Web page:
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Virtual reality to play an increasing role in travel, survey suggests

A survey of global travelers shows that a third would be ready to embark on a multi-day virtual trip next year. Still, most prefer traditional travel options to a pixelated seashore.

43% of respondents that took part in a global survey commissioned by travel platform Booking.com said they would turn to virtual reality (VR) next year for vacation inspiration. The platform forecasted that travel will enter the metaverse “in earnest” next year and projected the trend to grow even stronger after 2023 as haptic feedback technology improves.

“Haptic feedback, the use of touch to communicate with users, will make virtual travel a truly immersive experience, delivering a credible sense of 3D touch, such as the feel of soft grains of sand and the warmth of the sun,” Booking.com said.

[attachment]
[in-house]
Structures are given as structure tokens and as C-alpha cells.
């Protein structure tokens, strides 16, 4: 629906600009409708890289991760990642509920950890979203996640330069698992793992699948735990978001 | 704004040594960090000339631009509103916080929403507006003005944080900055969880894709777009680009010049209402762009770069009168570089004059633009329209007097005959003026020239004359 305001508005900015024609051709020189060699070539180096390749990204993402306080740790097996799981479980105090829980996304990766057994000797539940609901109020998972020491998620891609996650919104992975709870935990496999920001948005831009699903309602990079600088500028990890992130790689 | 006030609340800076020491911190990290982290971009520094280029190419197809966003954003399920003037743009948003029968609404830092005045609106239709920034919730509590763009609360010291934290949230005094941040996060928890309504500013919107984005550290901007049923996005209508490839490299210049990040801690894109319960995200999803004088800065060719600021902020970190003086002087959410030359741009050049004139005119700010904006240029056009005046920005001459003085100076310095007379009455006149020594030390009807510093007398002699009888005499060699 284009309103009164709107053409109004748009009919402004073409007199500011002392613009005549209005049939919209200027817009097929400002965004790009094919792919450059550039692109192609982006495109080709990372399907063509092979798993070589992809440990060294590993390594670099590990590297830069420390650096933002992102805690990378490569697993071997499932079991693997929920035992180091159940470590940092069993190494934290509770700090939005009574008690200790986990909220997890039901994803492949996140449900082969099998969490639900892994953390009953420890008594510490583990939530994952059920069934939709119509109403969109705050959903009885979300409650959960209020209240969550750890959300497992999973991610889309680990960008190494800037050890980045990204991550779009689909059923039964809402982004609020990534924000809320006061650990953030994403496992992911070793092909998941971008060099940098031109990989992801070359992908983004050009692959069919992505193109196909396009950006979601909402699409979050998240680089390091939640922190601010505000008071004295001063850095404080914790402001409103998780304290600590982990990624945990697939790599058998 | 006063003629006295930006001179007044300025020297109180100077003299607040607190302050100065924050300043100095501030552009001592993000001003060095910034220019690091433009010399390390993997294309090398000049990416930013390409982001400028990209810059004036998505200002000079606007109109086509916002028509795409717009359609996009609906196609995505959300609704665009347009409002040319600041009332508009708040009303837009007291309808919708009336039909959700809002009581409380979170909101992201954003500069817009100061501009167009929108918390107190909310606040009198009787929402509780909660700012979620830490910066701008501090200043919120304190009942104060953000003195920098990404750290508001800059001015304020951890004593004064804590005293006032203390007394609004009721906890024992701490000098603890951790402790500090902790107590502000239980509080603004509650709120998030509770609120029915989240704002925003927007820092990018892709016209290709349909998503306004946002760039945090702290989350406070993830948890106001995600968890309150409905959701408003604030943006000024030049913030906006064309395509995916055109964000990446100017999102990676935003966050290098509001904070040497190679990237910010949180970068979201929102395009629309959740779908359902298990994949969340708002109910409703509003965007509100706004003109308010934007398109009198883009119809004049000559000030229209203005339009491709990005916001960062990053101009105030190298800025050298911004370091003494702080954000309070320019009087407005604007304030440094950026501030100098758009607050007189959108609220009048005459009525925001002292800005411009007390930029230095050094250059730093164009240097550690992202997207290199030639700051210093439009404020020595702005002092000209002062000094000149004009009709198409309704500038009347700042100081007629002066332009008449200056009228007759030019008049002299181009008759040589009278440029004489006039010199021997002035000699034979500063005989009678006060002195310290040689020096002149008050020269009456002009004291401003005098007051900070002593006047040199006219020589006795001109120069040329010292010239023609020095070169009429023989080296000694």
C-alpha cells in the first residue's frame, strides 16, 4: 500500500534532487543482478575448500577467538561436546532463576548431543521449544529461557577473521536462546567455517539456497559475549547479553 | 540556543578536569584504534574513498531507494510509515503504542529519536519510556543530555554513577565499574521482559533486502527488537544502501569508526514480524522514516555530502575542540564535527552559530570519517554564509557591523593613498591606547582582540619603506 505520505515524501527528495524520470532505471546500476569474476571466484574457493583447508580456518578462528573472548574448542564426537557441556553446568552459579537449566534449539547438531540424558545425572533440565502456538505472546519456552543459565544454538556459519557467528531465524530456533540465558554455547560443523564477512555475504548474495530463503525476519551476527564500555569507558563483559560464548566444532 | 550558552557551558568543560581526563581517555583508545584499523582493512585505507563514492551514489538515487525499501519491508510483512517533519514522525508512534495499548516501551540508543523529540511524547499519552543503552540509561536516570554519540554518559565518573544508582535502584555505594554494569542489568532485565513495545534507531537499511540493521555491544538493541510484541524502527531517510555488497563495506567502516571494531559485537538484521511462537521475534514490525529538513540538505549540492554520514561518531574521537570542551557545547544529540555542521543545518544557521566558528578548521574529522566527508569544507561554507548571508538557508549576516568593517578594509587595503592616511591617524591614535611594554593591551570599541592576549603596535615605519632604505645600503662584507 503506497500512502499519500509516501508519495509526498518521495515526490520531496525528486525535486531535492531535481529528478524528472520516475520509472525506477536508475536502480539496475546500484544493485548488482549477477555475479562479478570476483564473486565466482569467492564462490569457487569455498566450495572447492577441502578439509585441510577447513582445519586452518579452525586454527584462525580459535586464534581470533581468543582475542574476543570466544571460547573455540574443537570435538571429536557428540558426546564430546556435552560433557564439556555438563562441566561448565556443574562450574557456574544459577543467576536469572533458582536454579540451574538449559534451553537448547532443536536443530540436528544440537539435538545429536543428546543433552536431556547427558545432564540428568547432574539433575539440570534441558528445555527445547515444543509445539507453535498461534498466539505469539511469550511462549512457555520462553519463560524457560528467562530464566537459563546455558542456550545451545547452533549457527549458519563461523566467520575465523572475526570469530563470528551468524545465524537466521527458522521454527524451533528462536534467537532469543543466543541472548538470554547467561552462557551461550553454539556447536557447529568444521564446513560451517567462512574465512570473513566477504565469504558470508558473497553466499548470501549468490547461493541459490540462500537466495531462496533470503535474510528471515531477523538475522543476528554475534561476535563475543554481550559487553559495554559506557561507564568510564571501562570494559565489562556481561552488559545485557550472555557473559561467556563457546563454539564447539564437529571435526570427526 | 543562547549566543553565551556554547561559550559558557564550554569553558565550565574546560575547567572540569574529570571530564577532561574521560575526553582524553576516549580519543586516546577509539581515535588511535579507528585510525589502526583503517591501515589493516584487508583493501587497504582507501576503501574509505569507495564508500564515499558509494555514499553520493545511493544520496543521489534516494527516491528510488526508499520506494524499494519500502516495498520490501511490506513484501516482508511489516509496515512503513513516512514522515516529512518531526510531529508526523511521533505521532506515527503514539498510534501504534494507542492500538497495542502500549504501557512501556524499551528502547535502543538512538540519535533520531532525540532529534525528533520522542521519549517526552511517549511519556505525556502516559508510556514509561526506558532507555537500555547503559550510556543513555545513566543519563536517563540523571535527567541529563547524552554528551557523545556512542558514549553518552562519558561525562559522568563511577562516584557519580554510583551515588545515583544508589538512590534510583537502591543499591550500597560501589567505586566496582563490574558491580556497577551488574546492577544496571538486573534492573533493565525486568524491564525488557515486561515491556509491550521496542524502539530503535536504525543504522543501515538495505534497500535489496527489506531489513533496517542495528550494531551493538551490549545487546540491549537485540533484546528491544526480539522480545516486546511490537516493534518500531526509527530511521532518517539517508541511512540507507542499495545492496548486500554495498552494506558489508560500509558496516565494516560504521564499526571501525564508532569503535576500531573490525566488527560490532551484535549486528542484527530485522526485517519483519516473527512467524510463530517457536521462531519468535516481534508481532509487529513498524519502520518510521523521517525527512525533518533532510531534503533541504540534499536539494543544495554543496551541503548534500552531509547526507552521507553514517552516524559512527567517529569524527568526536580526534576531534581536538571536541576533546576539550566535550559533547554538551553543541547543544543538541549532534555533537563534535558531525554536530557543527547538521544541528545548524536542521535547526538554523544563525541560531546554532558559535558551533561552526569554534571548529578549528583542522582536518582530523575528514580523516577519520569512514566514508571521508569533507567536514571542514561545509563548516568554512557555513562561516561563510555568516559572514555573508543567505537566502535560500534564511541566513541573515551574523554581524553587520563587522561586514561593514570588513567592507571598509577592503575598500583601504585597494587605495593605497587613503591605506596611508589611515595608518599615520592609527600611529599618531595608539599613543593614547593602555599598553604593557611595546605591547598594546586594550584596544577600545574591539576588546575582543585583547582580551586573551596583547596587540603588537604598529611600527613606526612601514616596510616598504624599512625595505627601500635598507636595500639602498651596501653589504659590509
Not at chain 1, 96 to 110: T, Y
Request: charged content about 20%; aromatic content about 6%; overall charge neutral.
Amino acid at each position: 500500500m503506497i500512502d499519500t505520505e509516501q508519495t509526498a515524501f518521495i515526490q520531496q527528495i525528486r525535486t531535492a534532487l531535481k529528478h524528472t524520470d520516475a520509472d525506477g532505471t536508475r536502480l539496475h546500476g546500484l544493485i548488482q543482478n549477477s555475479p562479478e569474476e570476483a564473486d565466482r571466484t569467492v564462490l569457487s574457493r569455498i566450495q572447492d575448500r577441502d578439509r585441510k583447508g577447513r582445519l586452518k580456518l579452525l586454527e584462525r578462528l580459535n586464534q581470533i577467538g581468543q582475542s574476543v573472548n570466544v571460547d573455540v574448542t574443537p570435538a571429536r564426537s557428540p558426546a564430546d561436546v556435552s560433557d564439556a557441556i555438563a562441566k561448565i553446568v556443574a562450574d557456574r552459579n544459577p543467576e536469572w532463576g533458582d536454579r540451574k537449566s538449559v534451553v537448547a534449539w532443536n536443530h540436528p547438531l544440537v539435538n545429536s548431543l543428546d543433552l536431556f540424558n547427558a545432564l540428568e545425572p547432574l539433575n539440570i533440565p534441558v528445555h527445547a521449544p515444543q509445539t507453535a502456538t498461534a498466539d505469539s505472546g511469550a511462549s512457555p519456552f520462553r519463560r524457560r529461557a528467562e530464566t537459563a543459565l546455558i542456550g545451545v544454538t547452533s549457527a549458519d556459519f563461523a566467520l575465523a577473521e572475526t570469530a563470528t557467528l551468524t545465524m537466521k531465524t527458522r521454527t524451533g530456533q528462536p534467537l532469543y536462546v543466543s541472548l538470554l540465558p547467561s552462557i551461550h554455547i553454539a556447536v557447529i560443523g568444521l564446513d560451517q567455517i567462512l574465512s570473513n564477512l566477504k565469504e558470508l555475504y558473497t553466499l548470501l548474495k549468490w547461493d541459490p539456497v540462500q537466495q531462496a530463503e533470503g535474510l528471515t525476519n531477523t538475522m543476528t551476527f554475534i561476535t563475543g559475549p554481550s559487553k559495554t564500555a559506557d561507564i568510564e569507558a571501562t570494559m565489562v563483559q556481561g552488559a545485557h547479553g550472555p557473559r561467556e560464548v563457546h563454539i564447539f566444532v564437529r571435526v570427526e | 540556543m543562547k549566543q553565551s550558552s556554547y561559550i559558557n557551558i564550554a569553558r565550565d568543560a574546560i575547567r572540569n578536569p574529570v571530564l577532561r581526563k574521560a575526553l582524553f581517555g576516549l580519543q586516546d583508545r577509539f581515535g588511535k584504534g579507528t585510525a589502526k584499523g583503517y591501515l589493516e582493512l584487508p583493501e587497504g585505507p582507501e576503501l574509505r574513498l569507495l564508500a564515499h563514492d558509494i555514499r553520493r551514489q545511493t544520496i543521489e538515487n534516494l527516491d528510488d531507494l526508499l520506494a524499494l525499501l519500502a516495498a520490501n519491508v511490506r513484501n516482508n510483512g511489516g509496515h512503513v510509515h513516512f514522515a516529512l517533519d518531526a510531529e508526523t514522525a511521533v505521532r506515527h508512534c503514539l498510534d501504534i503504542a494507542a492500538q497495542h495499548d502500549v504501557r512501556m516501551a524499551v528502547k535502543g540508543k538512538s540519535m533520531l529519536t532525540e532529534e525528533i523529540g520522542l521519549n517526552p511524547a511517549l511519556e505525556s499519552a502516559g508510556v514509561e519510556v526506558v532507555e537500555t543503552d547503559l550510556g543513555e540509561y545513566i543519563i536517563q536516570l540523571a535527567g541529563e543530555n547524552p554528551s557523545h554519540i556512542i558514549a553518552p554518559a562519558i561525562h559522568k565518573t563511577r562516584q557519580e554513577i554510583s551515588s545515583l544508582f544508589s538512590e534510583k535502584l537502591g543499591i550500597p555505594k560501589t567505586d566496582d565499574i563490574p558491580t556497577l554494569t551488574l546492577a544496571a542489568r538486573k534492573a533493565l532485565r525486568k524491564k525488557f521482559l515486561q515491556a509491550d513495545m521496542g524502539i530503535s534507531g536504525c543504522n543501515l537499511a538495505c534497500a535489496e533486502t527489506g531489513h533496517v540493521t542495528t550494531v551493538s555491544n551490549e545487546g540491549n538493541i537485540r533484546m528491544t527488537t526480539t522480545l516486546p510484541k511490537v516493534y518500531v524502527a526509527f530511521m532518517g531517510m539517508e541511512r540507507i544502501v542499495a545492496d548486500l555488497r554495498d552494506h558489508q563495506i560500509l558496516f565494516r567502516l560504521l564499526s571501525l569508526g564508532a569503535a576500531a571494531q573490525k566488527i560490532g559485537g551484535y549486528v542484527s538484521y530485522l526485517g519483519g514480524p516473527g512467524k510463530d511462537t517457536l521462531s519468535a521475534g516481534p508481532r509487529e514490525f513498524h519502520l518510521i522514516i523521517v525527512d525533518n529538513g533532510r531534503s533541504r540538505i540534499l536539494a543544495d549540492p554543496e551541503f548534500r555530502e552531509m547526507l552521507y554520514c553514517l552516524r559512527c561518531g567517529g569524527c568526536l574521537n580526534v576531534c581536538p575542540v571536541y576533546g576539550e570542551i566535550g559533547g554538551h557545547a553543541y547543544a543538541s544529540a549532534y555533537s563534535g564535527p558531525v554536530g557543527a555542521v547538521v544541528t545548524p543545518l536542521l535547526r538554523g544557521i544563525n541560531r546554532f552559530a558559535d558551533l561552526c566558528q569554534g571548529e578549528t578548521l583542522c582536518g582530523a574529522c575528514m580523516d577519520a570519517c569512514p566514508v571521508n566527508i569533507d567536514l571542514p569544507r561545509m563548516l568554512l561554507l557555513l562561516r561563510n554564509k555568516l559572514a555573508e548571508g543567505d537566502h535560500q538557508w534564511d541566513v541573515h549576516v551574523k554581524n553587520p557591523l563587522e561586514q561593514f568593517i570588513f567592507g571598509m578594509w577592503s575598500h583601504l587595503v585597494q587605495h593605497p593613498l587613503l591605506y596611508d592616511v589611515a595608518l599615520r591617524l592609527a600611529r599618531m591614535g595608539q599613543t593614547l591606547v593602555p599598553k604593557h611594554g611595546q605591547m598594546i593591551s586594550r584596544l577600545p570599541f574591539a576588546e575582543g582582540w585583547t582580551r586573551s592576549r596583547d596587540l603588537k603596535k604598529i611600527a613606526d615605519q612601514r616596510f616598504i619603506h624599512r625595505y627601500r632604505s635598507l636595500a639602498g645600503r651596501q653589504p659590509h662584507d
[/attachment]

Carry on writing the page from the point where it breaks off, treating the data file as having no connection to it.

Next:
While 60% of respondents said they do not believe the VR travel experience to be as fulfilling as the real thing, 35% would still sign up for a multi-day VR trip in 2023. According to Booking.com, this shows the medium’s potential beyond the “try before you buy” concept.

The survey also showed that VR could boost travel instead of replacing it. 46% of respondents said they would be more likely to travel to previously undesirable destinations if they could first experience them virtually.

“While the metaverse will offer a new way to experience travel in the year ahead, it still won’t stop people from booking a ticket to their next destination,” the platform said.

The results are part of the larger Travel Predictions 2023 research that surveyed more than 24,000 respondents across 32 countries. “If 2022 was about the triumphant return of travel, 2023 will be about creatively reimagining it amidst the chaos,” it said.

According to the survey, war, societal polarisation, inflation, and climate change concerns will dictate travel choices next year. Every other respondent said they would seek off-the-grid experiences to “escape from reality” or travel to destinations that would cause a “complete culture shock.”

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